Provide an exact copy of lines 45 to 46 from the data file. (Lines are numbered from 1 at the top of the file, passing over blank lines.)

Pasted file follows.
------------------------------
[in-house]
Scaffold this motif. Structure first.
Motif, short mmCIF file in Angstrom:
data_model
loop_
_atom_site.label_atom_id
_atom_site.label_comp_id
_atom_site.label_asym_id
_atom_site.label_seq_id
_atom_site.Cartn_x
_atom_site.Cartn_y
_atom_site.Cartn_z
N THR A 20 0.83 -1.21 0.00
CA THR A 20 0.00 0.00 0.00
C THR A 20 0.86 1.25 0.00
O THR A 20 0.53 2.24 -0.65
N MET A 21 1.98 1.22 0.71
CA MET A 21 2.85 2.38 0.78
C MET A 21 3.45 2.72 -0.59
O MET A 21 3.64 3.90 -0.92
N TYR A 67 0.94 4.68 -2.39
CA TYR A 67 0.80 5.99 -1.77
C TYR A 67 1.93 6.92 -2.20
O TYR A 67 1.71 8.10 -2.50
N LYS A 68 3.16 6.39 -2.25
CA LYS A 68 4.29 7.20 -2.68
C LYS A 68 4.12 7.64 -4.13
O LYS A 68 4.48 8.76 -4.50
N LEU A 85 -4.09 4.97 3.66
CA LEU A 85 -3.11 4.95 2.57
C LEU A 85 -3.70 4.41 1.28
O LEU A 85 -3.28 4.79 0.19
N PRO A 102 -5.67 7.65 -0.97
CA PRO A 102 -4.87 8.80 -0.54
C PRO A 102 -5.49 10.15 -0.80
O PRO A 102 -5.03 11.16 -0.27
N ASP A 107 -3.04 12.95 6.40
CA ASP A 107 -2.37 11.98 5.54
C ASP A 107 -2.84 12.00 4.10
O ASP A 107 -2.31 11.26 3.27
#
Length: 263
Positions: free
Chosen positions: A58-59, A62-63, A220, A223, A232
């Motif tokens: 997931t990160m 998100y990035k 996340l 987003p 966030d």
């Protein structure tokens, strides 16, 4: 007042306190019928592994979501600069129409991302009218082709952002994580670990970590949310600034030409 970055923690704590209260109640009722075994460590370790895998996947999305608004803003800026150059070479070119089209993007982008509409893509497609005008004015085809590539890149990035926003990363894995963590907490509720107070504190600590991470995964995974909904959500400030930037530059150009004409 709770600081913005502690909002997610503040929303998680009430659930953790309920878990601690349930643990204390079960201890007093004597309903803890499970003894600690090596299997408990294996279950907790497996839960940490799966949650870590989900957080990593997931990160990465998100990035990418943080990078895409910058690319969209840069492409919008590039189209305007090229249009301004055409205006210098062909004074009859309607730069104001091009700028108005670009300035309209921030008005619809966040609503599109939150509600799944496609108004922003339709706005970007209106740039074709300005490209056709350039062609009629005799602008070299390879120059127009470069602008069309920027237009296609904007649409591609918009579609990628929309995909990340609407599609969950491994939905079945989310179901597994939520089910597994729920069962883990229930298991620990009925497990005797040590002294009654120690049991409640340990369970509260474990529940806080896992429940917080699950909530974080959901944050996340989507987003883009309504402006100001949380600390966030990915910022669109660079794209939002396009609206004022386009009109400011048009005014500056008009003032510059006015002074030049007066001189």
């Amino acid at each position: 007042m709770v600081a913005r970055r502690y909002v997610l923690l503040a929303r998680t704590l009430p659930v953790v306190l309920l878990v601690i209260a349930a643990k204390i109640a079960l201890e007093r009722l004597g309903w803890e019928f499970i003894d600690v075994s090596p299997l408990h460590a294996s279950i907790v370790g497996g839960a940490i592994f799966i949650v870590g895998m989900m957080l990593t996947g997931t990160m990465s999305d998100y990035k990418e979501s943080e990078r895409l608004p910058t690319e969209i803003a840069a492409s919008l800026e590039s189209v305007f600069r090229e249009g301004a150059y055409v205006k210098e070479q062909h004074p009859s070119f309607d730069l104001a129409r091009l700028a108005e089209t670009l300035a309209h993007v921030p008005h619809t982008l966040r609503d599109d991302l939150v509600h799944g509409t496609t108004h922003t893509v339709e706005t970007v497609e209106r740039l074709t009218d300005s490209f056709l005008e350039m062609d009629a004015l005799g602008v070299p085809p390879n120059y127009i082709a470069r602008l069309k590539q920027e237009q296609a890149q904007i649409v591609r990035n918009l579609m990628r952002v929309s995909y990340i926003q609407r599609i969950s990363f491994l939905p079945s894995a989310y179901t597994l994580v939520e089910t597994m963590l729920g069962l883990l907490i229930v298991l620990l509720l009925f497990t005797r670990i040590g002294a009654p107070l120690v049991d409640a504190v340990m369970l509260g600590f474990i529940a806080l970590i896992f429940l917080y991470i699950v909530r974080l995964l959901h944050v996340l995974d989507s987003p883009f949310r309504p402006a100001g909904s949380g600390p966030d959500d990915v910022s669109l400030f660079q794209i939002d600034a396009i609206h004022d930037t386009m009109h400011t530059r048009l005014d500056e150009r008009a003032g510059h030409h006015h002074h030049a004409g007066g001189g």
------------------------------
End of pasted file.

């Motif tokens: 997931t990160m 998100y990035k 996340l 987003p 966030d």
């Protein structure tokens, strides 16, 4: 007042306190019928592994979501600069129409991302009218082709952002994580670990970590949310600034030409 970055923690704590209260109640009722075994460590370790895998996947999305608004803003800026150059070479070119089209993007982008509409893509497609005008004015085809590539890149990035926003990363894995963590907490509720107070504190600590991470995964995974909904959500400030930037530059150009004409 709770600081913005502690909002997610503040929303998680009430659930953790309920878990601690349930643990204390079960201890007093004597309903803890499970003894600690090596299997408990294996279950907790497996839960940490799966949650870590989900957080990593997931990160990465998100990035990418943080990078895409910058690319969209840069492409919008590039189209305007090229249009301004055409205006210098062909004074009859309607730069104001091009700028108005670009300035309209921030008005619809966040609503599109939150509600799944496609108004922003339709706005970007209106740039074709300005490209056709350039062609009629005799602008070299390879120059127009470069602008069309920027237009296609904007649409591609918009579609990628929309995909990340609407599609969950491994939905079945989310179901597994939520089910597994729920069962883990229930298991620990009925497990005797040590002294009654120690049991409640340990369970509260474990529940806080896992429940917080699950909530974080959901944050996340989507987003883009309504402006100001949380600390966030990915910022669109660079794209939002396009609206004022386009009109400011048009005014500056008009003032510059006015002074030049007066001189």